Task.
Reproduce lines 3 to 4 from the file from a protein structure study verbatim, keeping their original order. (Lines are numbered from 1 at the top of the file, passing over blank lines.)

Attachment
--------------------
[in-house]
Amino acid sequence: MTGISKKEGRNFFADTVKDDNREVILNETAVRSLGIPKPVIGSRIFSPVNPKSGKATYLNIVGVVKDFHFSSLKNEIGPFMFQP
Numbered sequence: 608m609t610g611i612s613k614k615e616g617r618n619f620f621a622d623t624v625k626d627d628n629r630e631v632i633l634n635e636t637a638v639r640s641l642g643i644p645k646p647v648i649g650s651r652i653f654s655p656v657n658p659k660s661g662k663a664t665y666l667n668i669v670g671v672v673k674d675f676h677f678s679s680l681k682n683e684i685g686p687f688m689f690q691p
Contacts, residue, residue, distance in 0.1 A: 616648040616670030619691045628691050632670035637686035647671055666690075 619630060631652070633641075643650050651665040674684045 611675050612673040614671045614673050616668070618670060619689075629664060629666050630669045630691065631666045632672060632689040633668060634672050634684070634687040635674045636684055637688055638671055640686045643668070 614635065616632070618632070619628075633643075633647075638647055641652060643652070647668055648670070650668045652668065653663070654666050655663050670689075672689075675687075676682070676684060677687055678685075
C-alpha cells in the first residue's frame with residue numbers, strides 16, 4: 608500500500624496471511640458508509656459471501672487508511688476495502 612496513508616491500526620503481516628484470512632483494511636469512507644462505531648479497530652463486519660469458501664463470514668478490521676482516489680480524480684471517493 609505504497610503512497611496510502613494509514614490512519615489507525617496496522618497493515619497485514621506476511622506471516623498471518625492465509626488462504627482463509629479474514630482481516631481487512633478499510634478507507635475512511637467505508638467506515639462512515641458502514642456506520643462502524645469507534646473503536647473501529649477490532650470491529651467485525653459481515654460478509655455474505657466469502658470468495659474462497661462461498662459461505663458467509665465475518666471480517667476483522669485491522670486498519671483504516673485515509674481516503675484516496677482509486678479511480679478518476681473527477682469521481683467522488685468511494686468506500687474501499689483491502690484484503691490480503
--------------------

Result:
Numbered sequence: 608m609t610g611i612s613k614k615e616g617r618n619f620f621a622d623t624v625k626d627d628n629r630e631v632i633l634n635e636t637a638v639r640s641l642g643i644p645k646p647v648i649g650s651r652i653f654s655p656v657n658p659k660s661g662k663a664t665y666l667n668i669v670g671v672v673k674d675f676h677f678s679s680l681k682n683e684i685g686p687f688m689f690q691p
Contacts, residue, residue, distance in 0.1 A: 616648040616670030619691045628691050632670035637686035647671055666690075 619630060631652070633641075643650050651665040674684045 611675050612673040614671045614673050616668070618670060619689075629664060629666050630669045630691065631666045632672060632689040633668060634672050634684070634687040635674045636684055637688055638671055640686045643668070 614635065616632070618632070619628075633643075633647075638647055641652060643652070647668055648670070650668045652668065653663070654666050655663050670689075672689075675687075676682070676684060677687055678685075